This study identifies three discrete processes responsible for the rejection of tunic tissue transplanted between individuals of the solitary ascidian Styela plicata. The first stage of rejection is characterized by the destruction of blood vascular components within incompatible allografts. In the second phase, dense boundaries of extracellular material are deposited between grafts and the surrounding host tunic, effectively amputating the transplanted tissues. Finally, detached transplants undergo a gradual necrosis which results in the total degeneration of extracellular graft matrices. Of these three phases, the initial cellular depletion of allografts is responsible for the immunological specificity that is characteristic of histocompatibility in S. plicata. The subsequent amputation and necrosis of extracellular graft matrices are taken to be non-specific consequences of the initial cellular reactivity.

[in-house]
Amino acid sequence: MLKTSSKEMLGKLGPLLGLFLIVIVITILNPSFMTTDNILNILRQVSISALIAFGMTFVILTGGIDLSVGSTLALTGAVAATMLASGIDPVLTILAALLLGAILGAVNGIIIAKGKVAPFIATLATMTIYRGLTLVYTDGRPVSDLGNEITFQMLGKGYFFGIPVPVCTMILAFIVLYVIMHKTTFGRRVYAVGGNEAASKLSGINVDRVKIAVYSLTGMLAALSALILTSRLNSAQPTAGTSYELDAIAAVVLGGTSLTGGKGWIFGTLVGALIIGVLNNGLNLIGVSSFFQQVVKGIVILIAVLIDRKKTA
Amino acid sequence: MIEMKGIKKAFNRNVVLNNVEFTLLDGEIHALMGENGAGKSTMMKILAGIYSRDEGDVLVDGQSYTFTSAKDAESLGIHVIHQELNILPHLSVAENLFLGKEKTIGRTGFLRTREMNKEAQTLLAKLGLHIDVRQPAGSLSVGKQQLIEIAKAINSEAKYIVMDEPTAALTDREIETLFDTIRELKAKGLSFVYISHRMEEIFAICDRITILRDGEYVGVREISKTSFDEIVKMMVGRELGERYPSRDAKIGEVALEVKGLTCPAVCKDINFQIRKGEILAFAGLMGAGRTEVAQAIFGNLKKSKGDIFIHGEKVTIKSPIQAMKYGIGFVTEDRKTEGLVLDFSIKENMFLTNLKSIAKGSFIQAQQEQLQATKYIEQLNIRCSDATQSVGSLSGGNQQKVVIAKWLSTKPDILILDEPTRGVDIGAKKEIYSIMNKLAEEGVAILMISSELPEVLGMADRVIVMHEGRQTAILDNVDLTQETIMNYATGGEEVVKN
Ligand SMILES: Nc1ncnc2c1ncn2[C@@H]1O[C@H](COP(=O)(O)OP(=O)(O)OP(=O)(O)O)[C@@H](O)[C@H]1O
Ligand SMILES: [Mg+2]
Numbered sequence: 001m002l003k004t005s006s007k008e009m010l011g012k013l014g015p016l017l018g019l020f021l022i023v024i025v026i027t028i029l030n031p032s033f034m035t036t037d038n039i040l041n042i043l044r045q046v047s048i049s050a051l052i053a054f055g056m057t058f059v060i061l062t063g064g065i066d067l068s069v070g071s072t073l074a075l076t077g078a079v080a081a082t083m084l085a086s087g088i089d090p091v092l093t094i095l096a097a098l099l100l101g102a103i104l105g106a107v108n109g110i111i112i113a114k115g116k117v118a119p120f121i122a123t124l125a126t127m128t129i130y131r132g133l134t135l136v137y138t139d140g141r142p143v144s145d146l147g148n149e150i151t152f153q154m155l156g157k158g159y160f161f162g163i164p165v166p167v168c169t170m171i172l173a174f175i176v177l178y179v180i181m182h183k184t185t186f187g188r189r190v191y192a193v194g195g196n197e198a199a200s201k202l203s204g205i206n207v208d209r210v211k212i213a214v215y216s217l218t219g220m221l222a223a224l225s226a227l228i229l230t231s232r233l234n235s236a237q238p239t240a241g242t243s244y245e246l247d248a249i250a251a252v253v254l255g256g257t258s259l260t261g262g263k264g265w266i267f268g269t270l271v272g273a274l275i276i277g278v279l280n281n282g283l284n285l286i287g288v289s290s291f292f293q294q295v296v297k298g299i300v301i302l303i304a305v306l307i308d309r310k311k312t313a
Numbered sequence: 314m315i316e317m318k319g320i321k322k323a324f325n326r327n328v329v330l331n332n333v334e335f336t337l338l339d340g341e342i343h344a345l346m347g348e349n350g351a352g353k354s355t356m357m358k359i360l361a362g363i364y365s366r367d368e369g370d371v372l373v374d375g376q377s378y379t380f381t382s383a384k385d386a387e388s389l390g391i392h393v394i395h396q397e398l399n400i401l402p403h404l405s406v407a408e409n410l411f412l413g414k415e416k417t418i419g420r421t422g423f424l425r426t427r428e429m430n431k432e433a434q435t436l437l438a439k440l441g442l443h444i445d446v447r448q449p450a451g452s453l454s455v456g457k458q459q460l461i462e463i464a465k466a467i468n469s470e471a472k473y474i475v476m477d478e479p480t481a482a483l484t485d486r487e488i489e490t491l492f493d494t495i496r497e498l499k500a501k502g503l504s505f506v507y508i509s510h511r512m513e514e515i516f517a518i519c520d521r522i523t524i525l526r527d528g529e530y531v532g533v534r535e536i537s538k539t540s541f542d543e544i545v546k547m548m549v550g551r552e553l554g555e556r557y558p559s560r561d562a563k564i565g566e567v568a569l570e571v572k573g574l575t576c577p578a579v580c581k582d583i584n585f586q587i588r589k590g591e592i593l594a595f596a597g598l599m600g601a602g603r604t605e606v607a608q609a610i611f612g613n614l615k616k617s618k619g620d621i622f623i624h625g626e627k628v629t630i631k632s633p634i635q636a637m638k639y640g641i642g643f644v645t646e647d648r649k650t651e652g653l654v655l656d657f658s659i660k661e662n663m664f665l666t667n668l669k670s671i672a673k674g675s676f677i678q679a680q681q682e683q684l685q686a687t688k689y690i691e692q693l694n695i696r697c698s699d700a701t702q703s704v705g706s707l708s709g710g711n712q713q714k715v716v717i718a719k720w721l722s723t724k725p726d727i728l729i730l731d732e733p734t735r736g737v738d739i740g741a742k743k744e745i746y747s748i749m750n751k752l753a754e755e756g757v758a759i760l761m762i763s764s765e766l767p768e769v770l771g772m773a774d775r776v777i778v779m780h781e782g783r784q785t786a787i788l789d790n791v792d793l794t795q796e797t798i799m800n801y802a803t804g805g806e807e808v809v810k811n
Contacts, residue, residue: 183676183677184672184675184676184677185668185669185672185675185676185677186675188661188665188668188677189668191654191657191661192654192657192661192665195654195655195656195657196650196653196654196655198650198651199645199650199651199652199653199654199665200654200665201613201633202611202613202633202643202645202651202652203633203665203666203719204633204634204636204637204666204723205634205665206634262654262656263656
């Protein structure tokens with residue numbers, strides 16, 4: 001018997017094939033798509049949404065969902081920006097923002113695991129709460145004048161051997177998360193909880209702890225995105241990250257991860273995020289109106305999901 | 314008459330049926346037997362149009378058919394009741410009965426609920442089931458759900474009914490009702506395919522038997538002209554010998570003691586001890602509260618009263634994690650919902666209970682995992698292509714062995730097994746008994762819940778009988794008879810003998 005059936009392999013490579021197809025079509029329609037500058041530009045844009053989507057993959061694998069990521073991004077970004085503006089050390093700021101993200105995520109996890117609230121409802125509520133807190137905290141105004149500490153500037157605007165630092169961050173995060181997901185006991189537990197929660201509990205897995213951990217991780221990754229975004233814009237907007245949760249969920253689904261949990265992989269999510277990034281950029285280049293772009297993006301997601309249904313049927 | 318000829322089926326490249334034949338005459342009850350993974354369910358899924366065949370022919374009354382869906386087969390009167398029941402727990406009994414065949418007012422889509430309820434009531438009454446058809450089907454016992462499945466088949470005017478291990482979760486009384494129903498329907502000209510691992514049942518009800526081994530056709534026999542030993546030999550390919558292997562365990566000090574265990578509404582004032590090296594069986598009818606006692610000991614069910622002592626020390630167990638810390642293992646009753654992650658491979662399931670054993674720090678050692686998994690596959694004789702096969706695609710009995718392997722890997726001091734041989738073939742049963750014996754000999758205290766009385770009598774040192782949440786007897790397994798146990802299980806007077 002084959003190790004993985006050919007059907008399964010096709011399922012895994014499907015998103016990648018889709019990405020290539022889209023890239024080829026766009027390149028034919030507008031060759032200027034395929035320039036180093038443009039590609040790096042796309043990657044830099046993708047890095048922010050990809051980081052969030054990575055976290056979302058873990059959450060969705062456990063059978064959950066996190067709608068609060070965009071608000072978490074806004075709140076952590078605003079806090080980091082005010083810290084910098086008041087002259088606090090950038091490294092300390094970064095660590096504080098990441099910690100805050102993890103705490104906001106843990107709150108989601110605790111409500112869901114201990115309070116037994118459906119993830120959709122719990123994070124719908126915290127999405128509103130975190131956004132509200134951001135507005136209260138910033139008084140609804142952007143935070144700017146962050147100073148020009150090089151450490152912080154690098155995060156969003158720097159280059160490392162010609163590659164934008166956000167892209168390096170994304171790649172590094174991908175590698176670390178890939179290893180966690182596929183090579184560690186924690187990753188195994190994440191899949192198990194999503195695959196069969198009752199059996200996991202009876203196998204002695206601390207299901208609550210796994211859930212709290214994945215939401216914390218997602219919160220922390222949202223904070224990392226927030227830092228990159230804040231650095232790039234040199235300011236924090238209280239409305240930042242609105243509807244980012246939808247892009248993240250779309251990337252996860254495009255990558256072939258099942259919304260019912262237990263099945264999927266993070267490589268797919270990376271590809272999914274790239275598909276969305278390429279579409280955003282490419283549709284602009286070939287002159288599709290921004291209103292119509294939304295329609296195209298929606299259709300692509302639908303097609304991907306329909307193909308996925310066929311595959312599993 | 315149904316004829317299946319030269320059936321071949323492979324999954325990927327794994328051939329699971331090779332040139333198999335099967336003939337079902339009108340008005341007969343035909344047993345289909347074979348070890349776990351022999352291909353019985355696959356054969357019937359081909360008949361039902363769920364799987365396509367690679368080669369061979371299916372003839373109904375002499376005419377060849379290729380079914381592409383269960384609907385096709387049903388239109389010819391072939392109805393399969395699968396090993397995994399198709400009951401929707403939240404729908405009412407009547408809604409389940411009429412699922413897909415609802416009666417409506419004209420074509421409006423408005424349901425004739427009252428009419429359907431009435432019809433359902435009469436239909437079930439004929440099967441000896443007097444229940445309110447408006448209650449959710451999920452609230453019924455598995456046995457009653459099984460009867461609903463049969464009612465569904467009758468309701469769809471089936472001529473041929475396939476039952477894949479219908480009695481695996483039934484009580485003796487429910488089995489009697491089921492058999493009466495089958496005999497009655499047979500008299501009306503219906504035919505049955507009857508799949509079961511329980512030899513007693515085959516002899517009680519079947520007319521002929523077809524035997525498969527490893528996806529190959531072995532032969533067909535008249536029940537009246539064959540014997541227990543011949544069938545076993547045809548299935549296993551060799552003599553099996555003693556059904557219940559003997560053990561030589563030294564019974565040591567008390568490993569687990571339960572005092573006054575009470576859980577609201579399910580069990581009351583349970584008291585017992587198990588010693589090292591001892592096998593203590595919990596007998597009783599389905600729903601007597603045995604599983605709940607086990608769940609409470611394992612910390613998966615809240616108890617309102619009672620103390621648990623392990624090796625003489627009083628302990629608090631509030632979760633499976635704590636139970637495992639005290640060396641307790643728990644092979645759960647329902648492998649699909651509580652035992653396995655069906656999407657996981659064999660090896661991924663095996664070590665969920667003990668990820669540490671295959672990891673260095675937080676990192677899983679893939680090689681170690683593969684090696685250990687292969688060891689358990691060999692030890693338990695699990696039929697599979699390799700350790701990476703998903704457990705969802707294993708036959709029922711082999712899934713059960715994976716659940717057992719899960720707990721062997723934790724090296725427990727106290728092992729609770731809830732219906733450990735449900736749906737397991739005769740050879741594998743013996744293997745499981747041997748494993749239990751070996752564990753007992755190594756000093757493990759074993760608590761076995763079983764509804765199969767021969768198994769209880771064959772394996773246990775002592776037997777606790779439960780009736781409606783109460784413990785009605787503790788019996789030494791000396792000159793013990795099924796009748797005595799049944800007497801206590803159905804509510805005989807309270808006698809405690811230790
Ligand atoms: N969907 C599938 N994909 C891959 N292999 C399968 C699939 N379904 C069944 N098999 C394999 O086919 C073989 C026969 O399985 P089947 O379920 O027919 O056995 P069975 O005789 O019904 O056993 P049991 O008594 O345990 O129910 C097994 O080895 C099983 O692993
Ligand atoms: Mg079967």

- Graft rejection
- Styela plicata (Tunicata)